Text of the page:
TORONTO – More than 70,000 high school students kept from class for weeks by teacher strikes are set to return to school Wednesday after the Ontario Labour Relations Board ruled the job actions illegal.
The ruling came Tuesday evening, as the Ontario legislature began debate that was set to last until midnight on back-to-work legislation for the striking teachers.
Education Minister Liz Sandals said government lawyers were combing through the labour board ruling to determine its impact on the back-to-work legislation, but in the meantime the Liberal government would continue to try to get it passed quickly. A vote is expected on Thursday.
But school boards in the Toronto-area regions of Durham and Peel and the Sudbury-area Rainbow District wasted little time in publicly announcing they would reopen schools Wednesday.
The labour relations board ordered an immediate two-week moratorium on the strikes to give the Ontario Secondary School Teachers’ Federation an opportunity to “cleanse” the local strikes of central issues. It does not permanently prohibit local strikes, whereas the back-to-work legislation prohibits strikes in those boards for the rest of the school year.
Labour board chair Bernard Fishbein sided with the school boards in concluding the three local strikes were, at least in part, on the central issue of class sizes. There was no “smoking gun,” he wrote, but from the evidence he heard class size was “certainly” an issue on the picket line.
It would not have been enough for a “scintilla or a whiff of evidence” that the strike was about central issues, nor would a single picket sign about class sizes “fatally contaminate an otherwise proper, lawful, local strike,” Fishbein wrote, saying this kind of decision will have to be on a case-by-case basis.
This is the first round of negotiations to formally separate local and central bargaining under legislation the Liberal government brought in last year.
Lawyers for the three school boards argued that although the law doesn’t explicitly ban teachers from staging local strikes on provincial issues, that’s what it was meant to do, and Fishbein agreed.
“If the (act) and its two-tier bargaining is to have any meaning, the parties must respect the central/local split (particularly when they themselves have agreed to it), and take some responsibility to ensure that the (act) is complied with,” he wrote.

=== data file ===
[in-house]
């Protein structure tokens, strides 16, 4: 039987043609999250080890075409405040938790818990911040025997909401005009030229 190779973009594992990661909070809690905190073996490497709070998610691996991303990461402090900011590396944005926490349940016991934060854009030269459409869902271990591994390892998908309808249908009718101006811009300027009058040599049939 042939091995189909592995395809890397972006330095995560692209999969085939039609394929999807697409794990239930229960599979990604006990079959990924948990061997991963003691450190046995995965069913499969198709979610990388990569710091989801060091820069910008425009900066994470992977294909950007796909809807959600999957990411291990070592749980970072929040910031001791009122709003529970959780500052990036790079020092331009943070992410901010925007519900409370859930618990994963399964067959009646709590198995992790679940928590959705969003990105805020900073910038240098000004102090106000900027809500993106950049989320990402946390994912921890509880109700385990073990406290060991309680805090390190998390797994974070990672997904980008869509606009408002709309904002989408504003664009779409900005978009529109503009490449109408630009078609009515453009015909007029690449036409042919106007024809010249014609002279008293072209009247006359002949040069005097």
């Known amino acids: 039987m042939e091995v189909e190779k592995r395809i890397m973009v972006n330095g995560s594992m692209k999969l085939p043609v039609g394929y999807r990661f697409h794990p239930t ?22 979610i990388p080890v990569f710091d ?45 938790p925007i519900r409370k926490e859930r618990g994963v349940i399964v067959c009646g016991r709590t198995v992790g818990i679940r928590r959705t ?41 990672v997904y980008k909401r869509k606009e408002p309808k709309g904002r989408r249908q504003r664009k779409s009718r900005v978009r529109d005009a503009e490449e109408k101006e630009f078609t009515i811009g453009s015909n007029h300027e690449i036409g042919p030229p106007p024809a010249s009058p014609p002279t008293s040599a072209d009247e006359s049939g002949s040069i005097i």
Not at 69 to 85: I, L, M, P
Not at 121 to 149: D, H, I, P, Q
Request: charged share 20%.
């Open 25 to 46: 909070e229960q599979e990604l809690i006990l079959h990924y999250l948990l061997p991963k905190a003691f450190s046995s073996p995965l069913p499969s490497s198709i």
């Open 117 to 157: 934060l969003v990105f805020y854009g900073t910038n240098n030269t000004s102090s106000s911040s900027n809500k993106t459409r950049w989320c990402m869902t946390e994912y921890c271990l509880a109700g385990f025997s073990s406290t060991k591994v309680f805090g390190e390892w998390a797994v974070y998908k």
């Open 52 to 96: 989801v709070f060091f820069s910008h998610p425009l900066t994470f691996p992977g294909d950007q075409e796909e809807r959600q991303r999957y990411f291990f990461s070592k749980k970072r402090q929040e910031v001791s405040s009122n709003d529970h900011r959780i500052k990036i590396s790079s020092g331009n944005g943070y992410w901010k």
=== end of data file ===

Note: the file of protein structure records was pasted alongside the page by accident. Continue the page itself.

“I do not believe it too onerous a burden on trade unions that choose to engage in local strikes while central bargaining is ongoing, to say they should be vigilant in ensuring their local strikes cannot be construed as being ‘in respect of central bargaining.”‘
Fishbein took the opportunity to write in his decision that he heard little to no evidence of communication between the OSSTF and its members in the striking district about what the local issues are.
Premier Kathleen Wynne said Tuesday that once this round of negotiations with teachers is over, she’s open to making changes to the process.
“Right now we’re in a difficult negotiation because we’re operating in a net zero environment where there isn’t new money for compensation and at the same time we are using this new process,” she said Tuesday in Hamilton.
“If there are changes we need to make to the process once we’re through this, then we can look at that.”
The NDP called on Wynne to fire Sandals.
Progressive Conservative Leader Patrick Brown called the new negotiating system a “two-tier disaster.”
“It’s not working,” he said, suggesting it’s difficult to have both central and local negotiations ongoing at the same time. “I think it’s flawed and frankly the government should go back to the drawing board.”
Sandals said the concept of two-tier bargaining is fairly common.
“In most provinces there’s one process to sort out the money with the province and there’s another process to sort out local collective agreement language, so that’s not an unusual situation,” she said.